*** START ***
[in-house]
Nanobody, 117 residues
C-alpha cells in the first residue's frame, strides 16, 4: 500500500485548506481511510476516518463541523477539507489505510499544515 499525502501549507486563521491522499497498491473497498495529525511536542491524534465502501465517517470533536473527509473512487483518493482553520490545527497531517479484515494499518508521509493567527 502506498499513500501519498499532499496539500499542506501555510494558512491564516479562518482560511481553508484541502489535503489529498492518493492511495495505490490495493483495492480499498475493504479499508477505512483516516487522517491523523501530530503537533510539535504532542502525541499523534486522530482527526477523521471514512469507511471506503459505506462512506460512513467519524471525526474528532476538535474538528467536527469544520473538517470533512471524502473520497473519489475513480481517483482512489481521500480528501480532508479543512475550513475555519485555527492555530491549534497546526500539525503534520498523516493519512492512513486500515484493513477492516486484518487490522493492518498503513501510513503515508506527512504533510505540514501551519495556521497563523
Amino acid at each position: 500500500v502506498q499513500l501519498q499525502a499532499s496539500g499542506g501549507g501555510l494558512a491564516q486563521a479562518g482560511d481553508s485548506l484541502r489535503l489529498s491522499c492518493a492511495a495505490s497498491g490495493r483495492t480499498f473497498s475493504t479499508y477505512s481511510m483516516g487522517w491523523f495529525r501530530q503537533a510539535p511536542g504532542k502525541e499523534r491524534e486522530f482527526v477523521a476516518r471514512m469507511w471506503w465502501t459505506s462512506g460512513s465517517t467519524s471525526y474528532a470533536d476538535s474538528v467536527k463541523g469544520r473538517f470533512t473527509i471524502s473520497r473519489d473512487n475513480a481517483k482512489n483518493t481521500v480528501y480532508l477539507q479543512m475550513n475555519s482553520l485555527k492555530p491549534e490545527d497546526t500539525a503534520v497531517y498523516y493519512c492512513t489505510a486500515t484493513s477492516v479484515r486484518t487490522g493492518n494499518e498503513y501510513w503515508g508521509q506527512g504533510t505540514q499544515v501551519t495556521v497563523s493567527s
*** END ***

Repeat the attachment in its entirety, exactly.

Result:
[in-house]
Nanobody, 117 residues
C-alpha cells in the first residue's frame, strides 16, 4: 500500500485548506481511510476516518463541523477539507489505510499544515 499525502501549507486563521491522499497498491473497498495529525511536542491524534465502501465517517470533536473527509473512487483518493482553520490545527497531517479484515494499518508521509493567527 502506498499513500501519498499532499496539500499542506501555510494558512491564516479562518482560511481553508484541502489535503489529498492518493492511495495505490490495493483495492480499498475493504479499508477505512483516516487522517491523523501530530503537533510539535504532542502525541499523534486522530482527526477523521471514512469507511471506503459505506462512506460512513467519524471525526474528532476538535474538528467536527469544520473538517470533512471524502473520497473519489475513480481517483482512489481521500480528501480532508479543512475550513475555519485555527492555530491549534497546526500539525503534520498523516493519512492512513486500515484493513477492516486484518487490522493492518498503513501510513503515508506527512504533510505540514501551519495556521497563523
Amino acid at each position: 500500500v502506498q499513500l501519498q499525502a499532499s496539500g499542506g501549507g501555510l494558512a491564516q486563521a479562518g482560511d481553508s485548506l484541502r489535503l489529498s491522499c492518493a492511495a495505490s497498491g490495493r483495492t480499498f473497498s475493504t479499508y477505512s481511510m483516516g487522517w491523523f495529525r501530530q503537533a510539535p511536542g504532542k502525541e499523534r491524534e486522530f482527526v477523521a476516518r471514512m469507511w471506503w465502501t459505506s462512506g460512513s465517517t467519524s471525526y474528532a470533536d476538535s474538528v467536527k463541523g469544520r473538517f470533512t473527509i471524502s473520497r473519489d473512487n475513480a481517483k482512489n483518493t481521500v480528501y480532508l477539507q479543512m475550513n475555519s482553520l485555527k492555530p491549534e490545527d497546526t500539525a503534520v497531517y498523516y493519512c492512513t489505510a486500515t484493513s477492516v479484515r486484518t487490522g493492518n494499518e498503513y501510513w503515508g508521509q506527512g504533510t505540514q499544515v501551519t495556521v497563523s493567527s